Massive destruction wrought by Cyclone Pam is a reminder that we must work together to fight for island futures, writes SHIRLEY LABAN*
OFFICIALS from across the region are meeting in Samoa this week to discuss Pacific responses to a changing climate.
They meet with a renewed sense of urgency, as they consider shared positions for a global climate deal.
That deal, expected to be finalised in Paris in just 200 days, will cement future international action on climate change.
A bad deal will place our collective future in peril.
There could hardly be a greater reminder of the need to address climate change than Cyclone Pam.
The category 5 supercyclone tore through Vanuatu – my island home – in March this year.
Packing wind gusts of more than 300kph, Pam’s destruction was unprecedented. The storm destroyed the homes of 75,000 people, decimated food crops and crippled sorely needed infrastructure.
And it wasn’t just Vanuatu either.
Families in Tuvalu and Kiribati suffered devastating flooding as huge waves battered islands hundreds of kilometers from the storm’s centre. Communities in the Solomon Islands also lost their homes and crops.
For Pacific island countries, and for the world, Cyclone Pam is a window on our collective future.
We know that unusually warm waters contributed to Pam’s strength. In future, as carbon levels in the Earth’s atmosphere increase, severe cyclones like Pam are expected to become more common.
Furthermore, in a warming world, rising sea levels will increase the destructive power of cyclones.
Pacific islanders did not create this future. For countless generations we have lived in a sustainable balance with our environment, growing our own food and drawing on resources from the sea.
Now, because of pollution we are not responsible for, we face catastrophic threats to our way of life.
We are not responsible for climate change, but we must lead the fight for our own future. As policymakers the world over consider a climate deal, island governments must demand meaningful action.
We know that developed countries must reduce their emissions as soon as possible. To avoid the most devastating impacts we must limit global warming to less than 1.5°C.
Warming beyond that level will generate impacts that will be unmanageable for many Pacific countries.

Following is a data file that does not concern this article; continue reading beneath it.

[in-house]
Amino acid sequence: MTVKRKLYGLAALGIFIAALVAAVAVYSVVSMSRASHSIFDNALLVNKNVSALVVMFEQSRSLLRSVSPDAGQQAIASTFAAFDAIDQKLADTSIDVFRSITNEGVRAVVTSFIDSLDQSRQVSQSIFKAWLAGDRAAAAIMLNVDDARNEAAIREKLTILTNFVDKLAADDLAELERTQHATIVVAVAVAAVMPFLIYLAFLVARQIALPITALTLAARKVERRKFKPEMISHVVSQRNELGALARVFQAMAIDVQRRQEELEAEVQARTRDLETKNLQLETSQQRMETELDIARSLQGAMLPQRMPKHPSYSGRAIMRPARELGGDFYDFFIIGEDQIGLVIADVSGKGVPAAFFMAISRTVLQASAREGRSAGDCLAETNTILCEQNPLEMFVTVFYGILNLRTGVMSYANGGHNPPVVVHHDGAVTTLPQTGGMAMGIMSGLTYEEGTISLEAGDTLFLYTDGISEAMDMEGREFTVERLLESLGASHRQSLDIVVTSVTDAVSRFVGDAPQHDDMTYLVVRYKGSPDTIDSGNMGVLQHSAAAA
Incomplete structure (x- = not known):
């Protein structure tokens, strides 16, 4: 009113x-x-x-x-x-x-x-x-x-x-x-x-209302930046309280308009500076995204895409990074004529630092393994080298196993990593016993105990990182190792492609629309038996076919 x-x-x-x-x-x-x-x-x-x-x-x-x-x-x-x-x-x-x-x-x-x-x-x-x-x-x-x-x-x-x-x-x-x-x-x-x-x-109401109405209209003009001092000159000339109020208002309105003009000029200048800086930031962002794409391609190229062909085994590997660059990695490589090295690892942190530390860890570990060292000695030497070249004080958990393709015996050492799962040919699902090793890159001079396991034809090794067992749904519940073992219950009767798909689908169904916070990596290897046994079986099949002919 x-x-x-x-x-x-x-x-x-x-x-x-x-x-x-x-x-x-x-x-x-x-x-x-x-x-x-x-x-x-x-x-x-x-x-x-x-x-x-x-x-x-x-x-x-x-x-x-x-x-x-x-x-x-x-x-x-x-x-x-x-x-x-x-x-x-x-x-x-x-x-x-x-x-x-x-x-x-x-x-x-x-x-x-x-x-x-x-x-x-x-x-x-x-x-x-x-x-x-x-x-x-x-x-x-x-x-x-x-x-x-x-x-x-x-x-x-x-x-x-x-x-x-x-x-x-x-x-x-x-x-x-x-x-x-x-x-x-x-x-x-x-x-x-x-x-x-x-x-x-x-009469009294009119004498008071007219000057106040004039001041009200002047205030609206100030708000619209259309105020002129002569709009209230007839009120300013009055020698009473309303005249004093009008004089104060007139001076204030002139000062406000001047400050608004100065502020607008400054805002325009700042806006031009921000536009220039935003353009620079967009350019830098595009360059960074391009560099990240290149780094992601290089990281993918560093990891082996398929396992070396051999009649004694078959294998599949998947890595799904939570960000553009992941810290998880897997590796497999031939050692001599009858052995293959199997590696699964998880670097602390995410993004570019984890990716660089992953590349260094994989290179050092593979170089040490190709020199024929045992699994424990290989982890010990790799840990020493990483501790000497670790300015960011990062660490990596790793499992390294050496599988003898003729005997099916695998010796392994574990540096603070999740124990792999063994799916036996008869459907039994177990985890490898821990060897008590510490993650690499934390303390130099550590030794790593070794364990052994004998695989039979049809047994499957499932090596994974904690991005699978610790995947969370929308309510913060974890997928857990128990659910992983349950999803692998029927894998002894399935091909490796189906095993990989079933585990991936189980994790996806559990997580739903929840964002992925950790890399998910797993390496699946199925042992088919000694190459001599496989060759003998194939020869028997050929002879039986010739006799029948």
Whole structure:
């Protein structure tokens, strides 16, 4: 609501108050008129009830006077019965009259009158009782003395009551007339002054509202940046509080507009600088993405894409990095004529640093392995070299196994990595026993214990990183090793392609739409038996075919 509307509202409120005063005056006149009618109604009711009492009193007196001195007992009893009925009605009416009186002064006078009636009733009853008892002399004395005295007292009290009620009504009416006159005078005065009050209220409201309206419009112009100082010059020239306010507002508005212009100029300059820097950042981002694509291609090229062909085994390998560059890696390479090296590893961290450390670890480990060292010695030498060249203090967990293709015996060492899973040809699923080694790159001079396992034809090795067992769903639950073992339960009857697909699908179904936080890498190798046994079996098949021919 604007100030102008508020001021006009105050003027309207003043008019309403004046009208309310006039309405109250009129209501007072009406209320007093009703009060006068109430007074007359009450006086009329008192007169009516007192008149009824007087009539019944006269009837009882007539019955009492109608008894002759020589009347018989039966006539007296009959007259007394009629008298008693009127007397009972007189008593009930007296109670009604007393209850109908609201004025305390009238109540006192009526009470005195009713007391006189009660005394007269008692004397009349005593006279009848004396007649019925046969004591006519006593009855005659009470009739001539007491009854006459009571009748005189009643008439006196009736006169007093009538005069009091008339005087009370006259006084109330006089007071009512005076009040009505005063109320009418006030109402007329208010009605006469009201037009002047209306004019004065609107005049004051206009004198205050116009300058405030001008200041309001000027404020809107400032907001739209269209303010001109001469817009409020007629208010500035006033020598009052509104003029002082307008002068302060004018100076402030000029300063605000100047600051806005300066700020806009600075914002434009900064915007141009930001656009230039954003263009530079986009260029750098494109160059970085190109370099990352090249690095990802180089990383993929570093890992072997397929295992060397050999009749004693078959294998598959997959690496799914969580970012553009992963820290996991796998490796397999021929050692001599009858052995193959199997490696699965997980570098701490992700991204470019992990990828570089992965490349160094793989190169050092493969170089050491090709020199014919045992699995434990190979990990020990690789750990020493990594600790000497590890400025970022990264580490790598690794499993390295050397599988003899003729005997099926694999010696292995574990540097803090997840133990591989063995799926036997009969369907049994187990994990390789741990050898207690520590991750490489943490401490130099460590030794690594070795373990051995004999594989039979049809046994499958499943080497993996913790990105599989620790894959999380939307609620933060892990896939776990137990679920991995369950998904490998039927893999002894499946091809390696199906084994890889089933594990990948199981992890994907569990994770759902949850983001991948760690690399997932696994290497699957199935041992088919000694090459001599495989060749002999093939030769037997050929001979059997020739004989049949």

Island leaders must remind our friends they need to do more to reduce emissions. In particular our neighbours, Australia and New Zealand, need to show greater initiative.
Cyclone Pam has reminded us there are some things we cannot adapt to. Vanuatu is a strong and resilient nation.
Communities will continue to draw on their own strengths as they respond to the effects of the cyclone.
Even now they are rebuilding their homes and replanting their gardens. However, make no mistake, the country has been devastated.
Agriculture and tourism will take years to recover.
Rebuilding vital infrastructure will be a huge, and expensive, undertaking. Costs associated with the cyclone are conservatively estimated to be around USD300million, or 30 percent of Vanuatu’s GDP.
These are costs that Vanuatu simply cannot afford to pay.
Pacific island leaders must explain to the global community that Pacific countries will continue to experience devastating losses and permanent damage associated with a changing climate.
Even if drastic action is taken now to reduce emissions, we know that more events like Pam will come.
The countries responsible for emitting greenhouse gas emissions must take responsibility for the impact of their pollution.
In the lead up to Paris, island negotiators must push hard to ensure that loss and damage mechanisms are written into the text of any new global agreement to tackle climate change.
The biannual Pacific Climate Change Roundtable is being held in Apia, Samoa, from May 12-14.
In addition to the roundtable itself, a closed UNFCCC preparatory meeting will be held to help island officials prepare negotiating positions for talks in Bonn, Germany, in early June.
The Bonn meeting will pave the way for crucial talks in Paris in December, when a new global deal is expected.
The road to Paris has been a long one already, but now more than ever we need to work together to present a united Pacific voice on climate change.
The people of Vanuatu expect us to make sure the whole world learns the lessons of Cyclone Pam.
· Shirley Laban is convenor of the Pacific Islands Climate Action Network (PICAN). PICAN brings together civil society actors in Pacific island countries advocating for climate justice. PICAN is a regional network of the global Climate Action Network (CAN-International).